On cellular sources for intimal hyperplasia after vascular interventions

by Mellander, Stefan, PhD

Abstract (Summary)
Vascular interventions for the treatment of symptomatic atherosclerosis fail in up to 40 % of the cases during the first year. One important reason is the development of a narrowing process known as intimal hyperplasia (IH). The cells forming IH resemble smooth muscle cells (SMCs) from the media of the arterial wall. Therefore the media has generally been regarded as the cellular origin for IH. However, there are reports indicating that other cellular sources might be involved. The aim of this thesis was to investigate which cellular sources participate in the development of intimal hyperplasia after bypass surgery and balloon injury. Furthermore, we wanted to investigate, if the inhibition of one cellular source could reduce initimal hyperplasia. Studies were made in pig and rabbit. Specific aims were: 1/ To evaluate the blood, the adjacent artery, the media, the adventitia, and the surrounding tissue as cellular sources to intimal hyperplasia 2/ To evaluate the contribution of blood-borne mononuclear cells to IH 3/ To evaluate, if depletion of the cells in the media reduces intimal hyperplasia after vascular interventions. We found that the adjacent artery at the anastomoses and the surrounding tissue contributed cells in a bypass model in pig. Blood-borne mononuclear cells were labeled ex vivo and retransfused after bypass implantation and balloon injury in pig. These cells were later found in the IH. Some of these cells co-expressed markers for smooth muscle cells suggesting a trandifferation from a blood-borne mononuclear to a tissue forming cell. In a ballon injury model in rabbit we found that the media with its SMCs was the main cellular source and that adventitial cells did not contribute to the IH. After depletion of the medial SMCs by a more severe balloon trauma in rabbit and by photodynamic therapy in the bypass model in pig we found less IH compared with controls, suggesting the media and its cells to be an important source after both interventions. In conclusion, the results presented in this thesis show that cells from the media, the surrounding tissue, the adjacent artery, and blood-borne mononuclear cells can contribute to IH. By depletion of the cells in the media, intimal hyperplasia following both bypass surgery and balloon injury is reduced.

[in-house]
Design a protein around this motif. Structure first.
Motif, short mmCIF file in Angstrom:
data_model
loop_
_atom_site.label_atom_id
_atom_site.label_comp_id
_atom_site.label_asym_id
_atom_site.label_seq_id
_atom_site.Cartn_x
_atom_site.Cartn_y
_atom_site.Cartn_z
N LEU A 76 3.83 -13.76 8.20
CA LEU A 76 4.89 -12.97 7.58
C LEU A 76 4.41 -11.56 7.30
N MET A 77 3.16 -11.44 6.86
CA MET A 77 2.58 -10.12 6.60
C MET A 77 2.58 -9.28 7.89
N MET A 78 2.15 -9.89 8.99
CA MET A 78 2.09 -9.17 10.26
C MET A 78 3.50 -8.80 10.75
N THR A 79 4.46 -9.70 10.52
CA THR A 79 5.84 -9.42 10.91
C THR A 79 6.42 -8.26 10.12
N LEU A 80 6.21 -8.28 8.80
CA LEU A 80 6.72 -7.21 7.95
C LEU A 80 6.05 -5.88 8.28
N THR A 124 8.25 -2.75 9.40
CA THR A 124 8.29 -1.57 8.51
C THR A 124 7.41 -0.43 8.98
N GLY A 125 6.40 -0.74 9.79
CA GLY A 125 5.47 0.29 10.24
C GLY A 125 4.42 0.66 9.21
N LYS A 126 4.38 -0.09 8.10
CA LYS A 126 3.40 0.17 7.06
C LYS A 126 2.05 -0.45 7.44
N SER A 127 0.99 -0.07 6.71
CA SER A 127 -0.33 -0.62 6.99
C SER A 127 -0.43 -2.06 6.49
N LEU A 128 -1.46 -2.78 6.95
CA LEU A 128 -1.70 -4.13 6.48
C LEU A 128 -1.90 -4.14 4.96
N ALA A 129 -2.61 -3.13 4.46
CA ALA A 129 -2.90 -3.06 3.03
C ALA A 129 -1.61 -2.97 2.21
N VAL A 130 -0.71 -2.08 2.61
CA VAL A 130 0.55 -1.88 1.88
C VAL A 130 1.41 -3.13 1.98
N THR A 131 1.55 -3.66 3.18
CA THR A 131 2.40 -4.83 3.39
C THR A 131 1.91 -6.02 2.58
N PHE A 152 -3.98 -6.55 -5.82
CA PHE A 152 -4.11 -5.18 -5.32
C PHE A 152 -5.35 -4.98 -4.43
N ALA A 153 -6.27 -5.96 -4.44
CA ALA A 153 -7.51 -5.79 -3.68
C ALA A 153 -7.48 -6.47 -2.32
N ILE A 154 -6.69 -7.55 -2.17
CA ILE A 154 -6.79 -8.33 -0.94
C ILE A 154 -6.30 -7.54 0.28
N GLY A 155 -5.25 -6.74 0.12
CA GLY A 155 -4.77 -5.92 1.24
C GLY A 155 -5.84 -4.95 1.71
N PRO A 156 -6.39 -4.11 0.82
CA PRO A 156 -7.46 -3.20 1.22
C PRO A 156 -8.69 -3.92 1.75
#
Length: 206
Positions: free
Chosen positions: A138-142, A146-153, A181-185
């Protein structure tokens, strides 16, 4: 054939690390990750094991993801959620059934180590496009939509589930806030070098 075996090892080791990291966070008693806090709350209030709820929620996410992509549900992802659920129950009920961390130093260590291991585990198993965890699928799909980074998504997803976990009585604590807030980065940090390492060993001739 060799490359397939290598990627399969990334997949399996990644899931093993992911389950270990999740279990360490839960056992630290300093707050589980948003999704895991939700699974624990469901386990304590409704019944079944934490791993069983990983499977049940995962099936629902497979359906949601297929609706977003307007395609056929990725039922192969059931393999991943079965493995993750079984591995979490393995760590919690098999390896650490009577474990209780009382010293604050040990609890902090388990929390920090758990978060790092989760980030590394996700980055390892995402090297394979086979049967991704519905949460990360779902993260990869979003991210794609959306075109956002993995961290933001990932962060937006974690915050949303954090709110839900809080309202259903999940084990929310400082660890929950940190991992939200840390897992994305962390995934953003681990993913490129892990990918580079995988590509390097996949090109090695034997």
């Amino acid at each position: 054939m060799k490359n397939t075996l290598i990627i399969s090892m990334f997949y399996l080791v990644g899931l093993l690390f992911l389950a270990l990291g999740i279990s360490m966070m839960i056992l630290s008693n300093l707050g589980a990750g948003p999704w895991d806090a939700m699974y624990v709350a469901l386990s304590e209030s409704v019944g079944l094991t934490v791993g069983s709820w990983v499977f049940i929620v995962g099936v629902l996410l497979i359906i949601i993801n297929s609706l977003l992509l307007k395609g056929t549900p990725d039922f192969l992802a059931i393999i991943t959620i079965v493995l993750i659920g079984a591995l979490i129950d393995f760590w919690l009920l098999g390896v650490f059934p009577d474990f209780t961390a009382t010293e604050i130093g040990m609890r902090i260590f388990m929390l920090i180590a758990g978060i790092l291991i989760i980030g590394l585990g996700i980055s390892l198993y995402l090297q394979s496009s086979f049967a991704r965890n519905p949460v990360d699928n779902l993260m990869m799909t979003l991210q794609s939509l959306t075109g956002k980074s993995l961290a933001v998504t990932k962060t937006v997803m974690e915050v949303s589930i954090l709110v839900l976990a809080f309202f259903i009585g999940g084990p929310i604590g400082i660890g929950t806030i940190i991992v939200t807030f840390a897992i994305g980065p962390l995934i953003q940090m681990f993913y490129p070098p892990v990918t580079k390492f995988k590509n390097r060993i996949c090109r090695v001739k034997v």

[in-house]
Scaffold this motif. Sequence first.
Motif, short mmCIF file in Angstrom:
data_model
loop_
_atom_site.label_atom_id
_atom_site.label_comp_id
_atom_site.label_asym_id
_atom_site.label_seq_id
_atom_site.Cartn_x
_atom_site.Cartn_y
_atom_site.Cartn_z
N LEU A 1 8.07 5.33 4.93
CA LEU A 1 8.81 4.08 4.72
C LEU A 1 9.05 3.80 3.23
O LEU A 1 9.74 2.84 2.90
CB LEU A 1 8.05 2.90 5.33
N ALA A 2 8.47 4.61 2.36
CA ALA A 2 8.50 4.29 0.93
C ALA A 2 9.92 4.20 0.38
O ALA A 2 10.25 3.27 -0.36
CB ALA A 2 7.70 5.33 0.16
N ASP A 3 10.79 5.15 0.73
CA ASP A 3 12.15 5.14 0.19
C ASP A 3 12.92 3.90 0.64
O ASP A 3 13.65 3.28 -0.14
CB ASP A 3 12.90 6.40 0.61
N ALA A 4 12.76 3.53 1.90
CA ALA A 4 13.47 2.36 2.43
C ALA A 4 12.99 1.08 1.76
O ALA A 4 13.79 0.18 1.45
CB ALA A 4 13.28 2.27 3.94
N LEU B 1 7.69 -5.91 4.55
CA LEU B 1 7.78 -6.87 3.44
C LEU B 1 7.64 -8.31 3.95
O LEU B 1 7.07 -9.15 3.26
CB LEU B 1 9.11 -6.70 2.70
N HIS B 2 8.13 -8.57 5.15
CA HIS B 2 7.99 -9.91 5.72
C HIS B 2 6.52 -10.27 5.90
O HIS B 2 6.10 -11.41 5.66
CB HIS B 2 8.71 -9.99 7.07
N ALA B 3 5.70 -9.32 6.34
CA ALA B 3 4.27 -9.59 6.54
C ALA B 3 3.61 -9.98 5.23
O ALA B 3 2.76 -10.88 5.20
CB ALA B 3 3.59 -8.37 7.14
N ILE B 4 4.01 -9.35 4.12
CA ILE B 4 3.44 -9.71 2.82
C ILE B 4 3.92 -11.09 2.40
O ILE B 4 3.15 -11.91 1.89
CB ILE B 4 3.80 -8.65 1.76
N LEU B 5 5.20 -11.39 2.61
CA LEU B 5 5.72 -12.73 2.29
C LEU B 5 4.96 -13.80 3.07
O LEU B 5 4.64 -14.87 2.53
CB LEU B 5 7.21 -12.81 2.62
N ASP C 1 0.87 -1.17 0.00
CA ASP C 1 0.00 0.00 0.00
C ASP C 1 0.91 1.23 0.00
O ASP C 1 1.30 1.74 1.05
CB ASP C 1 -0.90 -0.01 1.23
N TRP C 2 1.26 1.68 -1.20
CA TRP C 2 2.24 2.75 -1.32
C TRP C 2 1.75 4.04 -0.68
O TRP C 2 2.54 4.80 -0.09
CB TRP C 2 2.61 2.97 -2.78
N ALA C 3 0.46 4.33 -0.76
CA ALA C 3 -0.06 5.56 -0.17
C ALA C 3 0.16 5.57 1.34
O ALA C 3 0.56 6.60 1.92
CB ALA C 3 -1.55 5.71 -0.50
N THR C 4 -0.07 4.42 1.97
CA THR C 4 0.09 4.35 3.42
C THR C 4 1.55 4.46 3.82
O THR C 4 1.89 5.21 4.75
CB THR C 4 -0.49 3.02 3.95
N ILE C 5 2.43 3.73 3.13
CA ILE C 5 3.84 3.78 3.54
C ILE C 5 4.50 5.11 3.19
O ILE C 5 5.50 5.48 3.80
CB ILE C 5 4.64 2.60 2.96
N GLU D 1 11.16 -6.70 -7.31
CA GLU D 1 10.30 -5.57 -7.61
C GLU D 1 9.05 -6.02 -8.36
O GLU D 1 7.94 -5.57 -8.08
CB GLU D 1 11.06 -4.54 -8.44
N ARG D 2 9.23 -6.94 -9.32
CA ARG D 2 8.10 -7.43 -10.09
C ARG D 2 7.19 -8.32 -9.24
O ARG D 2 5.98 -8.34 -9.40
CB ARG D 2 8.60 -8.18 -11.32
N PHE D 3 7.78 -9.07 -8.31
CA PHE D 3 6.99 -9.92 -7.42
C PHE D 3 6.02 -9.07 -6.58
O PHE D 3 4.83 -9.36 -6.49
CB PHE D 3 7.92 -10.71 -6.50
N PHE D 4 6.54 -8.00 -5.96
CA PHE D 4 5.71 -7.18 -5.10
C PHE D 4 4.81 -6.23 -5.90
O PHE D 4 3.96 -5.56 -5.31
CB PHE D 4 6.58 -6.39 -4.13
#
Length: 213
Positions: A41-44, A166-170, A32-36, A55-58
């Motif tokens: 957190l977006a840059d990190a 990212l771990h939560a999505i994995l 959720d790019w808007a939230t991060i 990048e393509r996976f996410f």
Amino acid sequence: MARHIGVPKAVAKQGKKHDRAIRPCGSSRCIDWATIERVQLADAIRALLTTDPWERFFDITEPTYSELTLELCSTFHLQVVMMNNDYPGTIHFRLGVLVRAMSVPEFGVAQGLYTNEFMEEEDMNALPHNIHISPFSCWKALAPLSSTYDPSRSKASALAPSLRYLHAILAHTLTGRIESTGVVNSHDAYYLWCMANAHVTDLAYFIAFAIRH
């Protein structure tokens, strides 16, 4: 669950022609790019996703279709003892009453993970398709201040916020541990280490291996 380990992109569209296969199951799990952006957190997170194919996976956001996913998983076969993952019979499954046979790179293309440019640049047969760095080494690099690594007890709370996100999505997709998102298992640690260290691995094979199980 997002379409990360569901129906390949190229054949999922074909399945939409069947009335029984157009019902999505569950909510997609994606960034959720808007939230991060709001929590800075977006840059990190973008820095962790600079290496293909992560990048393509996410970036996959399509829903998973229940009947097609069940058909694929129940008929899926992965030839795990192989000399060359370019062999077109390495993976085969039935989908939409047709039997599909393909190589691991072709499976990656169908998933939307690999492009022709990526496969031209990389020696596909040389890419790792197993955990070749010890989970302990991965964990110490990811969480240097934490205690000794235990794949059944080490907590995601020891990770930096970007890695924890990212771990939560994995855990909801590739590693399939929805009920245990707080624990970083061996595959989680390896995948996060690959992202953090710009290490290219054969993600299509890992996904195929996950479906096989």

Bibliographical Information:


School:Göteborgs universitet

School Location:Sweden

Source Type:Doctoral Dissertation

Keywords:MEDICINE; intimal hyperplasia; vascular intervention; smooth muscle cell; blood-born mononuclear cell; prosthetic graft; balloon injury; pig; rabbit


Date of Publication:01/01/2007

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